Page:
We’ve been made aware of new fake text messages relating to Covid Passes – this example tells the recipient that theirs is ‘ready to be processed by our team’.
As with other examples we’ve seen, the message attempts to get you to click through on a suspicious link that’s posing as the NHS via a sub domain.
Fortunately this site now appears to have been removed by the host, however it’s an opportunity to remind everyone to be aware of these fake text messages and the tactics they employ. Our advice for spotting and avoiding them can be found below.
Vaccine passes are completely free. You can download a digital version using the NHS app, or ask for a physical copy to be posted to you.
But fraudsters have been sending out fake NHS branded emails, falsely inviting people to apply – and pay – for a pass. We’ve also seen fake text messages along the same lines. These texts can be especially convincing as the NHS does contact patients using text messages.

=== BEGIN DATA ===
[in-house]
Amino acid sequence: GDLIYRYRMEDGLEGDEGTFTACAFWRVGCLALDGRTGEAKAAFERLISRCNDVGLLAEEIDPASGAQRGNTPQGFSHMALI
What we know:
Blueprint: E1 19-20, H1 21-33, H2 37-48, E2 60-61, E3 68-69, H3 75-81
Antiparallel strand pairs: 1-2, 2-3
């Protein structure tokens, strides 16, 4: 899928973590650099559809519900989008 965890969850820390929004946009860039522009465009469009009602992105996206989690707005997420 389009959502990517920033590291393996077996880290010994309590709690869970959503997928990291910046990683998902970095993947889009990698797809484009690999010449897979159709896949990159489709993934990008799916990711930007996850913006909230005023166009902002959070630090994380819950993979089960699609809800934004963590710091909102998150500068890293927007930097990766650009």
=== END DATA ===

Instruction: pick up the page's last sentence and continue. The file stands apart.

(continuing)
Here’s one of the phishing emails we’ve seen:
And here’s a text message that links to a copycat NHS site that aims to steal victims’ personal and banking details:
⚠ SCAM ALERT | Watch out for this NHS COVID vaccine passport scam that's been doing the rounds.— Which? (@WhichUK)
It looks like it's linking to a genuine URL, but in reality, it's a slick phishing website designed to steal your personal and financial details.
We know that scammers used similar tactics when the vaccine became available.
Rianne Endeley-Brown from the NHS Counter Fraud Authority (NHSCFA), which works to fight and prevent fraud affecting the NHS, told us:
Criminals are using the Covid-19 vaccines as a way to target the public by tricking them to handover cash or financial details. They are sending convincing-looking text messages letting peopleknow they are eligible for the vaccine or phoning people directly pretending to be from the NHS, orlocal pharmacy.
If you believe you are the victim of a fraud relating to the COVID-19 vaccine, please do not reportthis to the NHSCFA. Please report it to , forward any suspicious emails email@example.com, and forward suspicious texts to 7726.
The best way to avoid text message scams is to never follow the links in texts that claim to be from organisations or companies.
If you get a text purporting to be from the NHS that you’re not sure about, check the details with your GP surgery or NHS service.
Fake texts (smishing) can be forwarded to 7726 (spells SPAM on the keyboard).